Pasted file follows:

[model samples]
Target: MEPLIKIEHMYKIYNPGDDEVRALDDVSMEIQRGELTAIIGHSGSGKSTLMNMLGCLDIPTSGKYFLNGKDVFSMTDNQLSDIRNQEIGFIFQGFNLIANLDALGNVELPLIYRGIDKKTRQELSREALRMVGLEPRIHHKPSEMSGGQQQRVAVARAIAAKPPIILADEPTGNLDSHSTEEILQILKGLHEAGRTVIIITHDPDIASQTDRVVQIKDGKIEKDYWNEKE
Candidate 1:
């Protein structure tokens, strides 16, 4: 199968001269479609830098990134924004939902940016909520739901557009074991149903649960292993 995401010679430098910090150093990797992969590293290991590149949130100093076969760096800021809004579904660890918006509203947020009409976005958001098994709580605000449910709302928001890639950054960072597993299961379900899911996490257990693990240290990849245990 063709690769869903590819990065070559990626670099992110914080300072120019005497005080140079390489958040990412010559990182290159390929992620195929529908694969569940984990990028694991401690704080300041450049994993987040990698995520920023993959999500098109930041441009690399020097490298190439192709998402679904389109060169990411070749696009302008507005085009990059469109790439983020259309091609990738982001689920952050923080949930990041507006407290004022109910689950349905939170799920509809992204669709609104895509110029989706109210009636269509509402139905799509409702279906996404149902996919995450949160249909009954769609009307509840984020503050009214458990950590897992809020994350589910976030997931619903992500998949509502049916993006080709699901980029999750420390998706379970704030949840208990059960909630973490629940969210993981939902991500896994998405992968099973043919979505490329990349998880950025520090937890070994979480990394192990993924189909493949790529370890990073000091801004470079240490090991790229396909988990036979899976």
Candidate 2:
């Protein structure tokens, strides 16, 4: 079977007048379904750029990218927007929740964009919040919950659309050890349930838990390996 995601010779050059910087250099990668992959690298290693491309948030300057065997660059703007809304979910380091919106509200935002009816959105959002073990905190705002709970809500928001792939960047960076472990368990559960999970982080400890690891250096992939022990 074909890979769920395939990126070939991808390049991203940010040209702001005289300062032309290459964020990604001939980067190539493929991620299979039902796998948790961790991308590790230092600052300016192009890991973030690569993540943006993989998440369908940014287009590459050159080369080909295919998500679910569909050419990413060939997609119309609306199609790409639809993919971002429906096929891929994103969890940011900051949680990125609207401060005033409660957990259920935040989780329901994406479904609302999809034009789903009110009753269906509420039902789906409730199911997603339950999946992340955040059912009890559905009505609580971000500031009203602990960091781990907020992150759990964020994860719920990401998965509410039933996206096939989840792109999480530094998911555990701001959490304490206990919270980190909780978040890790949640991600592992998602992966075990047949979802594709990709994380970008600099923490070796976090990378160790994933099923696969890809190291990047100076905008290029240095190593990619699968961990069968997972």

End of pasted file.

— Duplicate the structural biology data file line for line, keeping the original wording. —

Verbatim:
[model samples]
Target: MEPLIKIEHMYKIYNPGDDEVRALDDVSMEIQRGELTAIIGHSGSGKSTLMNMLGCLDIPTSGKYFLNGKDVFSMTDNQLSDIRNQEIGFIFQGFNLIANLDALGNVELPLIYRGIDKKTRQELSREALRMVGLEPRIHHKPSEMSGGQQQRVAVARAIAAKPPIILADEPTGNLDSHSTEEILQILKGLHEAGRTVIIITHDPDIASQTDRVVQIKDGKIEKDYWNEKE
Candidate 1:
């Protein structure tokens, strides 16, 4: 199968001269479609830098990134924004939902940016909520739901557009074991149903649960292993 995401010679430098910090150093990797992969590293290991590149949130100093076969760096800021809004579904660890918006509203947020009409976005958001098994709580605000449910709302928001890639950054960072597993299961379900899911996490257990693990240290990849245990 063709690769869903590819990065070559990626670099992110914080300072120019005497005080140079390489958040990412010559990182290159390929992620195929529908694969569940984990990028694991401690704080300041450049994993987040990698995520920023993959999500098109930041441009690399020097490298190439192709998402679904389109060169990411070749696009302008507005085009990059469109790439983020259309091609990738982001689920952050923080949930990041507006407290004022109910689950349905939170799920509809992204669709609104895509110029989706109210009636269509509402139905799509409702279906996404149902996919995450949160249909009954769609009307509840984020503050009214458990950590897992809020994350589910976030997931619903992500998949509502049916993006080709699901980029999750420390998706379970704030949840208990059960909630973490629940969210993981939902991500896994998405992968099973043919979505490329990349998880950025520090937890070994979480990394192990993924189909493949790529370890990073000091801004470079240490090991790229396909988990036979899976």
Candidate 2:
């Protein structure tokens, strides 16, 4: 079977007048379904750029990218927007929740964009919040919950659309050890349930838990390996 995601010779050059910087250099990668992959690298290693491309948030300057065997660059703007809304979910380091919106509200935002009816959105959002073990905190705002709970809500928001792939960047960076472990368990559960999970982080400890690891250096992939022990 074909890979769920395939990126070939991808390049991203940010040209702001005289300062032309290459964020990604001939980067190539493929991620299979039902796998948790961790991308590790230092600052300016192009890991973030690569993540943006993989998440369908940014287009590459050159080369080909295919998500679910569909050419990413060939997609119309609306199609790409639809993919971002429906096929891929994103969890940011900051949680990125609207401060005033409660957990259920935040989780329901994406479904609302999809034009789903009110009753269906509420039902789906409730199911997603339950999946992340955040059912009890559905009505609580971000500031009203602990960091781990907020992150759990964020994860719920990401998965509410039933996206096939989840792109999480530094998911555990701001959490304490206990919270980190909780978040890790949640991600592992998602992966075990047949979802594709990709994380970008600099923490070796976090990378160790994933099923696969890809190291990047100076905008290029240095190593990619699968961990069968997972």